ASU student crowned Miss Tempe
ASU grad student Andrea Malinski admires the roses she got from the pageant and from her boyfriend when she was crowned Miss Tempe one week ago. (Photo by Perla Farias)
An ASU graduate student who was recently crowned Miss Tempe aims to use her title to help people who struggle with self-injury, as she once did.
Nonprofit graduate student Andrea Malinski was crowned in the Miss Tempe pageant on Jan. 26 after years of preparation and participating in pageants.
"I think all little girls who watch (Miss America pageants) think, 'That's going to be me,' but also kind of know they are never going to do that," Malinski said. "When I started competing when I was 12, it became a real goal for me."
Malinski will compete in the Miss Arizona pageant in June. From there, the winner will go on to compete in the Miss America pageant.
Each contestant develops a platform to volunteer for and support, Malinski said. Usually each platform is something that the contestant feels strongly about.
In Malinski's case, that platform is self-injury awareness and prevention. It's a personal topic for her because she struggled with self-injury in high school.
"My parents didn't know, and they didn't know until years later, until I finally decided that I was ready to embrace that as my platform," Malinski said. "I knew that I needed my parents' help and support to do that."
Malinski has worked with notMYkid, a nonprofit organization that guides adolescents to make positive choices, by sharing her story with middle and high school students.
"When I first started speaking and sharing my story, it was the most terrifying thing I have ever done," Malinski said. "I am always just so excited after knowing that I have helped people get help and start that path to recovery."
Freddie Bennett, scheduling manager for notMYkid, said since Malinski began working with the non-profit in July 2011, she has done many things for the organization.
In addition to working as a presenter, Malinski has volunteered eight hours a week by helping with social media.
"(Malinski) is one of the most hardworking, dedicated and passionate presenters at notMYkid and she is truly respected by all that work with her," Bennett said. "Her spirit and drive at notMYkid has not only impacted the lives in the students she has reached but has inspired us all."
Tiffany Hilburn, Miss Scottsdale and close friend of Malinski's, said her dedication to notMYkid and her platform is one thing that has made her successful.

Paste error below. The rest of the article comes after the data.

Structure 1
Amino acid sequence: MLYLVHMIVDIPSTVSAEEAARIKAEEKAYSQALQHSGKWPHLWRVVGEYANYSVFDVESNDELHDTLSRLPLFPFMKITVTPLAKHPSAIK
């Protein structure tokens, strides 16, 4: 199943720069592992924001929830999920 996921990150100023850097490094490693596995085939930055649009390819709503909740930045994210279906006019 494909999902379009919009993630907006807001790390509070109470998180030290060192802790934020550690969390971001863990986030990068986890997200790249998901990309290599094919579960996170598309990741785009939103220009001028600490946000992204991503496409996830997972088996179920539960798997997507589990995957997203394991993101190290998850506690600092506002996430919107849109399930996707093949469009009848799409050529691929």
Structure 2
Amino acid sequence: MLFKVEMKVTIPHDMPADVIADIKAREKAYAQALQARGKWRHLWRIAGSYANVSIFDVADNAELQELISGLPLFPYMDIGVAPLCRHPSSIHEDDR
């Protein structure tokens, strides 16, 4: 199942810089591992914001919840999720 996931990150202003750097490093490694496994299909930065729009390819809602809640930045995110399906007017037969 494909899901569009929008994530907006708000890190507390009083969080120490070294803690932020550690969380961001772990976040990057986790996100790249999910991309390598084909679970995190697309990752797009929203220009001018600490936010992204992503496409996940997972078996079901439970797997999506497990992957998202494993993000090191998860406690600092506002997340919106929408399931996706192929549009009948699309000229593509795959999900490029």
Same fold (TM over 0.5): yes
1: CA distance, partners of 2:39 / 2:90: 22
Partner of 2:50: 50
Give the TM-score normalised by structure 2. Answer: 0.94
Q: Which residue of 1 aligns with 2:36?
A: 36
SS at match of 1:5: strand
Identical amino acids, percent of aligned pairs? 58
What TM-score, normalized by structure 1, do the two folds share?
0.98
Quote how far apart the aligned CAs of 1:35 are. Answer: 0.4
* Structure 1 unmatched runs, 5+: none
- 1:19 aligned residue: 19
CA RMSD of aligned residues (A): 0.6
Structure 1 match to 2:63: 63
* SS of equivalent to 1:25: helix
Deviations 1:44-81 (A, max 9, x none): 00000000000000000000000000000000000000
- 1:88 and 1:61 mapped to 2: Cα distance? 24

"We all have a story, a vision, but not everyone has the guts to stand up and make a difference and change the world," Hilburn said. "Andrea is a courageous woman for openly speaking about her own story to prevent future stories for others from happening."
Malinski, who has been competing in pageants since she was 12 and has held titles like Miss Arizona Pre-Teen, Miss Arizona Junior Teen, Miss Gilbert and Miss Maricopa, said she has always worked toward her goal of competing in the Miss America pageant.
"I always knew that my ultimate goal was to compete with the Miss America Organization, just because I love it," Malinski said.
Aside from Malinski's Miss Arizona goals, she said she hopes to work for a nonprofit organization and be able to interact with children.
Before coming to ASU, Malinski received her undergraduate degree in elementary education from Azusa Pacific University in Los Angeles.
"I love children but decided that the school environment wasn't for me," Malinski said. "I would love to help kids in another way."
The Miss America Organization is the world's largest scholarship foundation and provides many young women with opportunities that would not be available to them.
"When people hear 'Miss America,' they don't really think scholarships," Malinski said. "It's got such a huge focus on community service and scholarships."
Typical pageants consist of five sections: personal interview, on-stage question, evening gown, swimsuit and talent, which for Malinski, is a piano performance.
Malinski said she gets nervous sometimes, but she enjoys competing and has seen that it has made her a more confident person.
"I had been really shy, very self conscious," Malinski said. "(Pageants) really helped me break out of my shell and gain a lot of self confidence, develop interviewing skills, public-speaking skills."
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